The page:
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Thursday, May 10, 2001

"Wellness Performance Program Offered at SSU"

SALISBURY, MD---Q: As a professional musician, I practice or perform eight hours a day. My body is beginning to feel the strain in several places, especially my hand and elbow. What should I do to avoid permanent damage to my body and career? 
A: Consider talking to Dr. Linda Cockey and Pat Lamboni, co- instructors of a unique undergraduate course, "Wellness in Performance," at Salisbury State University. They designed this interdisciplinary class, perhaps the only one of its kind in the nation, for music and physical education students. 


Cockey, a pianist, sought the expertise of Lamboni, head athletic trainer at the University, when she had developed tennis elbow. The cause was found to be over practice of certain physically stressful hand positions. Her technique was correct, but the over repetition had put too much stress on the hand, moving through the wrist to the affected elbow. 

Usually, however, repetition of poor practice habits is the culprit in back, neck, hand, arm, vocal cord and other kinds of strains. After teaching the basics of human anatomy, these instructors help students evaluate their practice habits, using video tapes to analyze environment, anatomical alignment, breathing and movement techniques.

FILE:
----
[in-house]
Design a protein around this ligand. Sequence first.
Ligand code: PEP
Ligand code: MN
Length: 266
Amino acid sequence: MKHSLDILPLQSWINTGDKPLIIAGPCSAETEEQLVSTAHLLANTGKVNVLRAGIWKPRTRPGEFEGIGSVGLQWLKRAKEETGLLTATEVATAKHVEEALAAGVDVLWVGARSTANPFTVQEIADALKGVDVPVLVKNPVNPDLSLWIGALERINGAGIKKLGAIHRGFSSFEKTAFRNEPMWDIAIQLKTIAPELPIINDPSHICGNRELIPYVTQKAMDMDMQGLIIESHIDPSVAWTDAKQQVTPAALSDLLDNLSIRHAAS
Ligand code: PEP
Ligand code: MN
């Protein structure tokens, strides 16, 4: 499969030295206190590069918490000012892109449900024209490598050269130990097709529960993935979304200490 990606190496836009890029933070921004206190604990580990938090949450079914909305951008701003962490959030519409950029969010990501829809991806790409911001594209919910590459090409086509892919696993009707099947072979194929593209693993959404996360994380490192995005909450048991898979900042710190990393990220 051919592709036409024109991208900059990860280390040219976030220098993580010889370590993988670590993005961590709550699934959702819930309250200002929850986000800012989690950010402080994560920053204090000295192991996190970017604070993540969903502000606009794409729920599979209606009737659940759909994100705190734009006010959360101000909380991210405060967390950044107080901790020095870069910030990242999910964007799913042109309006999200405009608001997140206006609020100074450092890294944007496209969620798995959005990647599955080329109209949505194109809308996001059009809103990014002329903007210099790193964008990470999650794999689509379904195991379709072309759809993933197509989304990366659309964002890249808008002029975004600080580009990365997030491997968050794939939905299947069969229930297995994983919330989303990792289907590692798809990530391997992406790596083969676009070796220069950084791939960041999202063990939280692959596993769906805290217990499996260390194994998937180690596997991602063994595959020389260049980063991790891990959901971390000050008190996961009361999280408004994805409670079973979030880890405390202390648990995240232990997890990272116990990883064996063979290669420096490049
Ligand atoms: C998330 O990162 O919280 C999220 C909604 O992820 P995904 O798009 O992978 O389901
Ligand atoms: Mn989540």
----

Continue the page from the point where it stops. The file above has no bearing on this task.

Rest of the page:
Some problem sources are simple to identify but can have a critical impact on performance. For example, one student who had cramping in her fingers learned that her flute was too large for her small hands. Flutes are now available in different sizes or with key extensions to address this problem. 

Proper nutrition, exercise and sleep habits are also tracked, since fatigue and poor physical condition prevent optimum performance. Drink water, they say, to increase blood flow, not sodas with caffeine, which increase the heart rate adversely. "Performance is a product of practice," reminds Lamboni, and anything that affects the mind and body affects performance. 

For that reason, they study everything from bad habits to bad thinking. The third "coach" on the team is a psychologist, Dr. Robert McBrien, who addresses relaxation and breathing techniques, as well as emotional health. Cockey asserts that "if you have a physical problem, you have an emotional problem." Counseling may be recommended when needed.

"The goal is to prevent injuries," said Cockey, "not to continue in bad habits until serious problems appear in the musician's 40s." Frequent stretching exercises can relieve all kinds of stresses. She encourages musicians to frequently practice without using mindless repetition, applying such techniques as analytical mapping of a score--relying on other senses than physical practice.

This holistic approach to practice is a viable solution to Repetitive Motion Syndrome and a multitude of other performance issues. 
For information on "Wellness in Performance" call 410-543- 6030 or visit the University Web site at www.salisbury.edu.


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